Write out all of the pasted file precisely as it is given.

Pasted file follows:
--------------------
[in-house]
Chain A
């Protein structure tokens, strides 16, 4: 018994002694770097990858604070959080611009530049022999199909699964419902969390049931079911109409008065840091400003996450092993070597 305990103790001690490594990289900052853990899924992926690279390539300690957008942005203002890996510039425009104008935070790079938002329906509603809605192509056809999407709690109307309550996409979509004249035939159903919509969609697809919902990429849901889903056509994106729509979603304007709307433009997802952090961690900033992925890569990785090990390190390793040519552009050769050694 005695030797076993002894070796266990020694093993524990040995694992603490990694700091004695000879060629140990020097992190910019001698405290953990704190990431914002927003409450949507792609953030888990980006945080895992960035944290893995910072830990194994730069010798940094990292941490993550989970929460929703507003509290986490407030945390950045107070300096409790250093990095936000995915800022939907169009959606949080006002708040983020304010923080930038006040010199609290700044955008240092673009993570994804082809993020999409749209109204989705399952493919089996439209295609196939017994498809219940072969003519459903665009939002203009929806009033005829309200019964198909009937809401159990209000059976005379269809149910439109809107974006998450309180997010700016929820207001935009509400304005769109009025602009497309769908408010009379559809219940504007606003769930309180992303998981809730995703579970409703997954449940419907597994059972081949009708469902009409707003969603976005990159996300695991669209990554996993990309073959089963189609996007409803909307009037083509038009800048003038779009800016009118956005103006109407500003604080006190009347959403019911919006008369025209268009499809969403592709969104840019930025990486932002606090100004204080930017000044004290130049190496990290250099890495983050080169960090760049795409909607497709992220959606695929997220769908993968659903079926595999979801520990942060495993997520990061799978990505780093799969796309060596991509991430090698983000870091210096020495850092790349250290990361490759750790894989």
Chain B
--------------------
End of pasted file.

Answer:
[in-house]
Chain A
């Protein structure tokens, strides 16, 4: 018994002694770097990858604070959080611009530049022999199909699964419902969390049931079911109409008065840091400003996450092993070597 305990103790001690490594990289900052853990899924992926690279390539300690957008942005203002890996510039425009104008935070790079938002329906509603809605192509056809999407709690109307309550996409979509004249035939159903919509969609697809919902990429849901889903056509994106729509979603304007709307433009997802952090961690900033992925890569990785090990390190390793040519552009050769050694 005695030797076993002894070796266990020694093993524990040995694992603490990694700091004695000879060629140990020097992190910019001698405290953990704190990431914002927003409450949507792609953030888990980006945080895992960035944290893995910072830990194994730069010798940094990292941490993550989970929460929703507003509290986490407030945390950045107070300096409790250093990095936000995915800022939907169009959606949080006002708040983020304010923080930038006040010199609290700044955008240092673009993570994804082809993020999409749209109204989705399952493919089996439209295609196939017994498809219940072969003519459903665009939002203009929806009033005829309200019964198909009937809401159990209000059976005379269809149910439109809107974006998450309180997010700016929820207001935009509400304005769109009025602009497309769908408010009379559809219940504007606003769930309180992303998981809730995703579970409703997954449940419907597994059972081949009708469902009409707003969603976005990159996300695991669209990554996993990309073959089963189609996007409803909307009037083509038009800048003038779009800016009118956005103006109407500003604080006190009347959403019911919006008369025209268009499809969403592709969104840019930025990486932002606090100004204080930017000044004290130049190496990290250099890495983050080169960090760049795409909607497709992220959606695929997220769908993968659903079926595999979801520990942060495993997520990061799978990505780093799969796309060596991509991430090698983000870091210096020495850092790349250290990361490759750790894989």
Chain B